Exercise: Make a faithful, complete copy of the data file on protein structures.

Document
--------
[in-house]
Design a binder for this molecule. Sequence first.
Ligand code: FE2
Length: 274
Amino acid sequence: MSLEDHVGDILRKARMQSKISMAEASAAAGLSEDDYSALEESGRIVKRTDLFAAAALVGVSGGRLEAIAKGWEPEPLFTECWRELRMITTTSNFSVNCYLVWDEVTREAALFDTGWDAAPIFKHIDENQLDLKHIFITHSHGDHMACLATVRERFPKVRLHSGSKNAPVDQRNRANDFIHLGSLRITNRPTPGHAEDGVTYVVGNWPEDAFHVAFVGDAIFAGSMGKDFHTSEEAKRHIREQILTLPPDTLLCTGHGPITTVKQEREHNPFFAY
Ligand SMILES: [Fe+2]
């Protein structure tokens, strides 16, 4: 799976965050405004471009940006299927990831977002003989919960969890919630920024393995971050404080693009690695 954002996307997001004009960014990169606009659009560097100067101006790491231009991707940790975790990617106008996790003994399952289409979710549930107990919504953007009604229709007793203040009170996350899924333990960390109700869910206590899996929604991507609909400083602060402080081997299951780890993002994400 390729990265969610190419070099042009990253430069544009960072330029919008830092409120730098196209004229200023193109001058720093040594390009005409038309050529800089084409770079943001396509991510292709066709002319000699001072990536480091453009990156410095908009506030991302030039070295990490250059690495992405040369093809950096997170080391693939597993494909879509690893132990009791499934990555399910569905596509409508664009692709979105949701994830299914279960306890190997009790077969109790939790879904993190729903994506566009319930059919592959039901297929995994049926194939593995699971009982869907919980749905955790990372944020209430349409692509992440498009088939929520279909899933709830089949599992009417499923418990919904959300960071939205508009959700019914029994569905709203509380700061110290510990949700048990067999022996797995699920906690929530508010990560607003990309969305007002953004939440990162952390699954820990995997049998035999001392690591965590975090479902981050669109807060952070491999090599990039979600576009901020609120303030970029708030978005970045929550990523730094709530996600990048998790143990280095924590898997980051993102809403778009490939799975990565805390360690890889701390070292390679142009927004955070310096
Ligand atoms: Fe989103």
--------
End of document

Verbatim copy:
[in-house]
Design a binder for this molecule. Sequence first.
Ligand code: FE2
Length: 274
Amino acid sequence: MSLEDHVGDILRKARMQSKISMAEASAAAGLSEDDYSALEESGRIVKRTDLFAAAALVGVSGGRLEAIAKGWEPEPLFTECWRELRMITTTSNFSVNCYLVWDEVTREAALFDTGWDAAPIFKHIDENQLDLKHIFITHSHGDHMACLATVRERFPKVRLHSGSKNAPVDQRNRANDFIHLGSLRITNRPTPGHAEDGVTYVVGNWPEDAFHVAFVGDAIFAGSMGKDFHTSEEAKRHIREQILTLPPDTLLCTGHGPITTVKQEREHNPFFAY
Ligand SMILES: [Fe+2]
């Protein structure tokens, strides 16, 4: 799976965050405004471009940006299927990831977002003989919960969890919630920024393995971050404080693009690695 954002996307997001004009960014990169606009659009560097100067101006790491231009991707940790975790990617106008996790003994399952289409979710549930107990919504953007009604229709007793203040009170996350899924333990960390109700869910206590899996929604991507609909400083602060402080081997299951780890993002994400 390729990265969610190419070099042009990253430069544009960072330029919008830092409120730098196209004229200023193109001058720093040594390009005409038309050529800089084409770079943001396509991510292709066709002319000699001072990536480091453009990156410095908009506030991302030039070295990490250059690495992405040369093809950096997170080391693939597993494909879509690893132990009791499934990555399910569905596509409508664009692709979105949701994830299914279960306890190997009790077969109790939790879904993190729903994506566009319930059919592959039901297929995994049926194939593995699971009982869907919980749905955790990372944020209430349409692509992440498009088939929520279909899933709830089949599992009417499923418990919904959300960071939205508009959700019914029994569905709203509380700061110290510990949700048990067999022996797995699920906690929530508010990560607003990309969305007002953004939440990162952390699954820990995997049998035999001392690591965590975090479902981050669109807060952070491999090599990039979600576009901020609120303030970029708030978005970045929550990523730094709530996600990048998790143990280095924590898997980051993102809403778009490939799975990565805390360690890889701390070292390679142009927004955070310096
Ligand atoms: Fe989103």